The Mother of All Bugs

Michael Belivanakis 2015

At some point in my career I was working for a company that was developing a hand-held computer for the area of Home Health Care. It was called InfoTouch™. The job involved daily interaction with the guys in the hardware department, which was actually quite a joy, despite the incessant "it's a software problem --no, it's a hardware problem" arguments, because these arguments were being made by well-meant engineers from both camps, who were all in search of the truth, without sentimentalisms, egoisms, vested interests, or illusions of infallibility. That is, in true engineering tradition.

During the development of the InfoTouch, for more than a year, possibly two, the device would randomly die for no apparent reason.  Sometimes it would happen once a day, other times weeks would pass without a problem. When it happened, no matter how hard we tried, we could never reproduce it.  Also, some times it would die while someone was using it, but other times we would come into the office in the morning to find that it had died during the night, while sitting on its cradle, doing nothing but charging.

When the machine died, the only thing we could do was to give it to the hardware guys, who would open it up, throw an oscilloscope at it, and try to determine whether it was dead due to a hardware or a software malfunction. And since us software guys were not terribly familiar with oscilloscopes, we had to trust what the hardware guys said.

Luckily, in true engineering tradition, the hardware guys would never say with absolute certainty that it was a software problem.  At worst, they would say that it was "most probably" a software problem.  What did not help at all was that one out of every dozen times that they went through the drill, they found that it did in fact appear to be a hardware problem: the machine appeared dead; there was no clock, no interrupts, no electronic magic of the kind that makes software run.  But what was happening the rest of the times was still under debate.

This situation was going on for a long time, and we had no way of solving the problem other than hoping that we would one day stumble upon the solution by chance.  Heck, we were not even sure that it was a problem with our code to begin with.  The result was a vague sense of helplessness and low overall morale, which was the last thing needed in that little startup company which was struggling to survive due to many other reasons having to do with funding, partnerships, competitors, etc.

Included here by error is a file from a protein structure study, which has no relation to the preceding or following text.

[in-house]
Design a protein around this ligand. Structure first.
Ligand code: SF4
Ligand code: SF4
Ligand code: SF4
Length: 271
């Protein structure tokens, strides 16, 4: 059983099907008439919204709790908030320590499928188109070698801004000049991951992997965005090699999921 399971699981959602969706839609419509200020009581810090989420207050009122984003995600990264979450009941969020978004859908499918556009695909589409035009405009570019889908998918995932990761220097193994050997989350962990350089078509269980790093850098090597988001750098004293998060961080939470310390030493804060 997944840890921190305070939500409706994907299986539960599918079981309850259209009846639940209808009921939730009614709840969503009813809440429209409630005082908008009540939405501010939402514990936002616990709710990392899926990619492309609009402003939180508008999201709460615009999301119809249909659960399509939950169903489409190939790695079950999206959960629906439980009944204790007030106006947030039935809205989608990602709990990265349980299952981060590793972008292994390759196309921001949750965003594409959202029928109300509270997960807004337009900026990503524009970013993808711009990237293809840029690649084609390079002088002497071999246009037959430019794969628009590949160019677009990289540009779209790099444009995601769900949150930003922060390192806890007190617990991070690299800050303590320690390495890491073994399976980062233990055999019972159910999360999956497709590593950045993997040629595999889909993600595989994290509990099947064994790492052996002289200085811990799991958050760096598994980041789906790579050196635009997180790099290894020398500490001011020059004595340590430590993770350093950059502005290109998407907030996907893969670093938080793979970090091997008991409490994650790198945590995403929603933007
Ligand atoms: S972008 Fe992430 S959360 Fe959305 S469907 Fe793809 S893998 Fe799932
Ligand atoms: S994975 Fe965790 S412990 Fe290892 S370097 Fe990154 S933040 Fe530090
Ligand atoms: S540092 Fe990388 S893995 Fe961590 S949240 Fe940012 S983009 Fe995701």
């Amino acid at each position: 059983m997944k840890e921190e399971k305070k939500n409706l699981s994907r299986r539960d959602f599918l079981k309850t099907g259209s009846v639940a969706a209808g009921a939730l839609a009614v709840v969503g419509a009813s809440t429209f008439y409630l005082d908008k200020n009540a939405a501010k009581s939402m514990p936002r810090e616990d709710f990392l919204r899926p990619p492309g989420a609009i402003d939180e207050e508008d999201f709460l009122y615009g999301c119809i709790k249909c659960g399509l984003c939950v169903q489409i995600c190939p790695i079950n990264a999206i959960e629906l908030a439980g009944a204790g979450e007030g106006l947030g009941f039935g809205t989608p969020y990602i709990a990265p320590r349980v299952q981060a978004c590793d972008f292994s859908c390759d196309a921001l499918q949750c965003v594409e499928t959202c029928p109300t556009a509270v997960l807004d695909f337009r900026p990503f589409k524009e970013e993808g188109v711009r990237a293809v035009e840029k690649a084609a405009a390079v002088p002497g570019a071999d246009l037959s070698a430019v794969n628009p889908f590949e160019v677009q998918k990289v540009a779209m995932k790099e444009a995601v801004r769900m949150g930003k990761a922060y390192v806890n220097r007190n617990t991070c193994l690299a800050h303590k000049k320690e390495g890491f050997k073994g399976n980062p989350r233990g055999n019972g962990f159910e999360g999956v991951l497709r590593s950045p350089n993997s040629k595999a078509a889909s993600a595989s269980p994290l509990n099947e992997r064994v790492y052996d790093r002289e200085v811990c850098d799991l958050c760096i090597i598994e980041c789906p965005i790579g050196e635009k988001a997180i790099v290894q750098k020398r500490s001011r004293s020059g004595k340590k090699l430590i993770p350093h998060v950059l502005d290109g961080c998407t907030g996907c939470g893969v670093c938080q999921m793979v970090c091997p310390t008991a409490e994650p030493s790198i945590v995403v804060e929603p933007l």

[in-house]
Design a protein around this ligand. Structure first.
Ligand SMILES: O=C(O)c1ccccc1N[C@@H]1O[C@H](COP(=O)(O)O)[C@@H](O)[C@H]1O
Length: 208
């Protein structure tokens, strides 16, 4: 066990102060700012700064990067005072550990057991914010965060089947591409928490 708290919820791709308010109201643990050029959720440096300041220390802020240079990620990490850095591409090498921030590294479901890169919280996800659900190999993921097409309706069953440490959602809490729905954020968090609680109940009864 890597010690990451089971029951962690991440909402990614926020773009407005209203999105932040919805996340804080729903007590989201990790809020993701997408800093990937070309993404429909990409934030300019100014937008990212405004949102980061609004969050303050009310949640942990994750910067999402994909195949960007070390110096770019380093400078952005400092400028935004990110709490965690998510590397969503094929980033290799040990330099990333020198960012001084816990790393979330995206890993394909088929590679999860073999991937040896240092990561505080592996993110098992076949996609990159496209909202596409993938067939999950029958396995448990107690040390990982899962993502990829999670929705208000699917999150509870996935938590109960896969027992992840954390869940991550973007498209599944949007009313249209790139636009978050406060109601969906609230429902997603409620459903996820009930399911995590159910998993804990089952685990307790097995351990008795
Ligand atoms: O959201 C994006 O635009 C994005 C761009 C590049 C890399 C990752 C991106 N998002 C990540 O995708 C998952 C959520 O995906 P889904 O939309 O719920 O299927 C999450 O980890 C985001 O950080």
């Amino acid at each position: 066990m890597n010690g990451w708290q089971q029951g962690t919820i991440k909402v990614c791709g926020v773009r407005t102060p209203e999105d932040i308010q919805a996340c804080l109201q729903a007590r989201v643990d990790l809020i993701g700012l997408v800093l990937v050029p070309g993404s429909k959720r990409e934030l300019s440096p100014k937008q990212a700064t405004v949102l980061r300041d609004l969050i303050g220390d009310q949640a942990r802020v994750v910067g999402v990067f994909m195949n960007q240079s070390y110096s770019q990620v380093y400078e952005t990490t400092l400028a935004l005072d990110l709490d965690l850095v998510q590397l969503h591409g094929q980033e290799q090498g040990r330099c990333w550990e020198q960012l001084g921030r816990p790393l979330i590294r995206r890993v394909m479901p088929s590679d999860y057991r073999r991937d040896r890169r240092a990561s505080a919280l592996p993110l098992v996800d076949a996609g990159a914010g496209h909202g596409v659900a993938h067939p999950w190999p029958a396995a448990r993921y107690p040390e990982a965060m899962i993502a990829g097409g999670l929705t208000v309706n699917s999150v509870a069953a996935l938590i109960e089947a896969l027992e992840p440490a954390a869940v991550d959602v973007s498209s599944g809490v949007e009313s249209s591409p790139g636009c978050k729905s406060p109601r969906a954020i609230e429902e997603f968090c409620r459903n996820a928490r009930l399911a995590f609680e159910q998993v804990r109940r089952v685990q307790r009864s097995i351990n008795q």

Then one day as I was working on some C code somewhere in our code base, I stumbled by pure chance upon a function which was declaring a local variable of pointer type and proceeding to use it without first initializing it. Specifically, it was writing a machine word to whatever memory happened to be pointed by it. A silly little bug which is almost guaranteed to cause a malfunction, very possibly a crash, probably every time the function is invoked. To this day still I do not know (or do not remember) whether that early version of Microsoft C did not yet support warnings for these types of things, or whether the people responsible for our build configuration had such hubris as to believe that "we don't need no stinkin' warnings".  I quickly fixed the bug, and I was about to proceed with my daily work, when it occurred to me to take a minute and check precisely what were the consequences and ramifications of the bug before the fix.

First of all, I checked to see whether the function was ever called, and it turned out that it was. But the InfoTouch was for the most part running fine, so obviously, due to some coincidence, the garbage that the pointer was initialized with was such that writing to it did not cause problems.  Or did it?  I decided to see exactly what was the garbage that the pointer was being initialized with. To my astonishment, I discovered the following:

Function afunc() was invoking functions bfunc() and cfunc().  The uninitialized pointer was in cfunc().

Function cfunc() accepted 1 word-sized argument and declared 2 word-sized local variables, of which the 2nd was the problematic pointer.  Function bfunc() had 2 word-sized arguments and 1 word-sized local variable, which was a... date-time variable!

So, the problematic pointer contained a bit pattern that represented a date and time. This resulted in random memory corruption during different hours of the day, different days of the month, and different years of the century. The function was not being invoked very frequently, so the memory corruption was building up slowly, and depending on the date, different areas of memory were being corrupted.  It is amazing that the machine ever worked at all.

After this bugfix the InfoTouch never again experienced any problems of a similar kind, not even the ones that the hardware engineers believed were due to hardware.  It could be that by that time they had fixed their hardware bugs, or it could be that even the dead appearance of the hardware was ultimately caused by the malfunctioning software.